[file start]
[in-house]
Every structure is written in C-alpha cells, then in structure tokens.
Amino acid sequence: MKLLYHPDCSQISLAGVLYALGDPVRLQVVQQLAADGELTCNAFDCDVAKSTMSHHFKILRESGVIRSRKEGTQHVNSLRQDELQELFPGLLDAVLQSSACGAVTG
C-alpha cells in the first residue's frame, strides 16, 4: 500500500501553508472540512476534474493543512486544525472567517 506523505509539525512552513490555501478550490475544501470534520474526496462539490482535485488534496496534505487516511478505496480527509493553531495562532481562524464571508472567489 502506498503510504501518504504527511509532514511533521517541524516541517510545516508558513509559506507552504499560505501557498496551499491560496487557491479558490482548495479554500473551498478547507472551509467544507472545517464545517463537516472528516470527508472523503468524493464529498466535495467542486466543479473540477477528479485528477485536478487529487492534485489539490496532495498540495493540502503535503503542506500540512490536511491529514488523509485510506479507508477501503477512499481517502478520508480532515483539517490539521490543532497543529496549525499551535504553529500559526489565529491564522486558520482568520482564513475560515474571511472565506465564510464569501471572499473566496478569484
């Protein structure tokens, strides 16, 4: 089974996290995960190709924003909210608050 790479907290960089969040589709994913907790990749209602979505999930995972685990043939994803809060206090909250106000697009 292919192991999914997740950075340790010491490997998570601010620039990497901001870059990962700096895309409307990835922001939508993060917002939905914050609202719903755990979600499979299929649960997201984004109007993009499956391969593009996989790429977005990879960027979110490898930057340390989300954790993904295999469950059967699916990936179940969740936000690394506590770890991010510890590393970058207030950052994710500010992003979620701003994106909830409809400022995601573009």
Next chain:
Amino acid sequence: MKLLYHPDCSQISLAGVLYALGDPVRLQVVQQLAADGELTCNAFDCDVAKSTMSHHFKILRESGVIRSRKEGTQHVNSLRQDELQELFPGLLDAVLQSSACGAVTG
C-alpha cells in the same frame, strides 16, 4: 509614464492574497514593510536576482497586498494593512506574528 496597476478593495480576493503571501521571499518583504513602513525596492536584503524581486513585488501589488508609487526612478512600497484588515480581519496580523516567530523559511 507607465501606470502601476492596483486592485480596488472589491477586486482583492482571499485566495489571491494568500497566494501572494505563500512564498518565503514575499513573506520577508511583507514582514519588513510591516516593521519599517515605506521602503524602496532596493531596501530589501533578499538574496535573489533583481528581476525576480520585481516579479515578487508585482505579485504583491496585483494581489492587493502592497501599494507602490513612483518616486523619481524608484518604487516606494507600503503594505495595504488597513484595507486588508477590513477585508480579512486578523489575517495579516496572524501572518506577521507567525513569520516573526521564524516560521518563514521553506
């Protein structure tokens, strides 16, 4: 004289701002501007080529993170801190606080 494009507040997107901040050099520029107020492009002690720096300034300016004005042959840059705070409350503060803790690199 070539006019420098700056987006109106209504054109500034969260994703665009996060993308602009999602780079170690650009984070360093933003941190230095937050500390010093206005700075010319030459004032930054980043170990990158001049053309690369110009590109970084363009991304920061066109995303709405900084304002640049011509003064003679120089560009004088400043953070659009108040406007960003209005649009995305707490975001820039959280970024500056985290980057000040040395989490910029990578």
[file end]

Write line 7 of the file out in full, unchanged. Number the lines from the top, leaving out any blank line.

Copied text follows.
Amino acid sequence: MKLLYHPDCSQISLAGVLYALGDPVRLQVVQQLAADGELTCNAFDCDVAKSTMSHHFKILRESGVIRSRKEGTQHVNSLRQDELQELFPGLLDAVLQSSACGAVTG